US charges Iowa widow with crime, seizes funds over how she deposited late husband's cash

Government And Institutions Associated Press

An Iowa widow is charged with a crime and had nearly $19,000 seized from her bank after depositing her late husband's legally earned money in a way that evaded federal reporting requirements.

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Janet Malone, 68, of Dubuque, is facing civil and criminal proceedings under a law intended to help investigators track large sums of cash tied to criminal activity such as drug trafficking and terrorism. But some members of Congress and libertarian groups have complained that the IRS and federal prosecutors are unfairly using it against ordinary people who deposit lawfully obtained money in increments below $10,000.

At issue is a law requiring banks to report deposits of more than $10,000 cash to the federal government. Anyone who breaks deposits into increments below that level to avoid the requirement is committing a crime known as "structuring" — whether their money is legal or not.

The IRS has increasingly used civil forfeiture proceedings to seize money from individuals and small businesses suspected of structuring violations, according to a review by the Institute for Justice, a libertarian group. The agency seized $242 million in 2,500 cases from 2005 to 2012 — a third of which arose from nothing more than cash transactions under $10,000. Nearly half was returned after owners challenged the action, often a year later.

Some of the depositors had broken up the deposits to save their bankers from having to submit paperwork or because they mistakenly believed it was a way to avoid unwarranted government scrutiny. The Treasury Department receives millions of reports every year, and deposits above the $10,000 threshold incur no additional fees or taxes.

Facing criticism of the practice, the IRS announced in October that investigators would no longer seize funds in cases involving legal sources of money "unless there are exceptional circumstances" and would focus on illegal sources. A U.S. House subcommittee is expected to hear testimony about the practice Wednesday, at a hearing called, "Protecting Small Businesses from IRS Abuse."

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Larry Salzman, an attorney with the Institute for Justice, criticized the government's case against Malone given its declared shift in practice.

"This is shocking because it demonstrates that prosecutors are not taking seriously the IRS' alleged policy change not to prosecute legal source structuring," he said.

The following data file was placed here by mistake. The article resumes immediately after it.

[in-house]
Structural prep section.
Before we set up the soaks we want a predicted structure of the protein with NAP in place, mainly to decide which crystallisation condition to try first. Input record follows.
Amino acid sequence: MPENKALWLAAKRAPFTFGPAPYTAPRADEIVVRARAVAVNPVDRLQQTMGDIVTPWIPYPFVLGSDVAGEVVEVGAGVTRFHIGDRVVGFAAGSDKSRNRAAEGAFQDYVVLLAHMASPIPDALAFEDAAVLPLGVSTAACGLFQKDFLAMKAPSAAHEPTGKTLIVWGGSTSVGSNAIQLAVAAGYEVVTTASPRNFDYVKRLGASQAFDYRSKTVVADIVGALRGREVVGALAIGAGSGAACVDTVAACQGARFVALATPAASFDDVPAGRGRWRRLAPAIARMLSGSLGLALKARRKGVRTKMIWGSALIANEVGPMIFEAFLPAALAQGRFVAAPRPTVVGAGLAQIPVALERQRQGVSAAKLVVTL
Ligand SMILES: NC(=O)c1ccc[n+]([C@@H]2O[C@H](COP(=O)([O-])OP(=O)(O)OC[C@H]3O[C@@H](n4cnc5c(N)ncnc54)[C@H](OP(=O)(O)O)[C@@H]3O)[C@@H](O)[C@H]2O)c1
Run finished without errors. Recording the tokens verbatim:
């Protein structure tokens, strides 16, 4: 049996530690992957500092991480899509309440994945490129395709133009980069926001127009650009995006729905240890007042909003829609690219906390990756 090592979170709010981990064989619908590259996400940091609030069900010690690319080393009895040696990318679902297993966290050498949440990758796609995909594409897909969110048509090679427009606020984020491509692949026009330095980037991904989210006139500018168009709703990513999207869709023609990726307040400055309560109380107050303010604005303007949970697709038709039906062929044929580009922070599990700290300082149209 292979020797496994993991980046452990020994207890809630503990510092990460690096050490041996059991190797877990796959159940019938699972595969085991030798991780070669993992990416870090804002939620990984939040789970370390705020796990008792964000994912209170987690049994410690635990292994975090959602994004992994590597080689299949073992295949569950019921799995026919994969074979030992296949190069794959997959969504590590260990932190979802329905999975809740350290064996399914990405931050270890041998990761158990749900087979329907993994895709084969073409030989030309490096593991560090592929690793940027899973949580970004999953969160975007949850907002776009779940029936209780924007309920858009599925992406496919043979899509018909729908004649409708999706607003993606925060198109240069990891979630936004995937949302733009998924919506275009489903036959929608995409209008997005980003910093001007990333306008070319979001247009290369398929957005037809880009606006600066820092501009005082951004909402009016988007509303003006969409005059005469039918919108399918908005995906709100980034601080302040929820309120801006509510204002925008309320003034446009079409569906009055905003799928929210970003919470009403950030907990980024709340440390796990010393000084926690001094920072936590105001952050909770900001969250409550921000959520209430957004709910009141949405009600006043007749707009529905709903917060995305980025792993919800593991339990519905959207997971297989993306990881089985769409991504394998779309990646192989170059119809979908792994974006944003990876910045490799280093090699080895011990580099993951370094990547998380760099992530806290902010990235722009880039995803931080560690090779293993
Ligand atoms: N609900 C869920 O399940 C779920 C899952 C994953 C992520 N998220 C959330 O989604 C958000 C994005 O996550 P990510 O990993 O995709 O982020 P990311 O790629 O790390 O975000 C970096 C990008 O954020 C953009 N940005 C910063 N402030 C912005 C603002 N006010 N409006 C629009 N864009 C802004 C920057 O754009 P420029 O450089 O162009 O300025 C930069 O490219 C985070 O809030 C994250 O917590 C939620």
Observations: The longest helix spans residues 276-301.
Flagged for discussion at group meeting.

After the policy change, federal prosecutors in Iowa agreed to return money the IRS seized from two people accused of structuring, including a restaurant owner who had $33,000 taken and a doctor who fought to get back $344,000 in earnings from his medical practice. But prosecutors declined to drop the civil forfeiture case over $18,775 the IRS seized from Malone.

Instead, they added a misdemeanor criminal charge last week alleging she willfully violated the law, after her husband had been warned about the practice four years ago. Malone is expected to plead guilty next week and let the government keep the money, under a plea agreement filed Monday. The charge carries up to one year in jail and a $250,000 fine.

IRS agent Jeff McGuire first went to Malone's home in 2011 to investigate alleged structuring by Ronald Malone, who was dying of cancer, records show. Ronald Malone admitted that bank deposits totaling $35,500 he'd made could appear to be structured and signed a form acknowledging he'd been warned about the law; no charges were filed. Janet Malone was present for part of the meeting.

Shortly before his death in October 2011, Ronald Malone told his wife about a briefcase containing $180,000 cash from his job as a publishing executive, gambling winnings and investment income. She deposited some of it in increments between $5,800 and $9,000. The IRS obtained a warrant to seize it based on suspicion that the transactions were meant to avoid reporting requirements.

Janet Malone was irate when she learned of the 2013 seizure, noting that she didn't sign the form warning her husband and didn't remember details of the earlier visit because "she was in a state of despair over her husband's health," according to an IRS affidavit.

"You won't prosecute a widow," Malone said, according to the affidavit. McGuire responded that the family had been given a pass from the IRS once.

Spokesmen for the IRS and U.S. Attorney's Office declined to talk about how the case fits with the new policy. Malone's attorney declined to comment.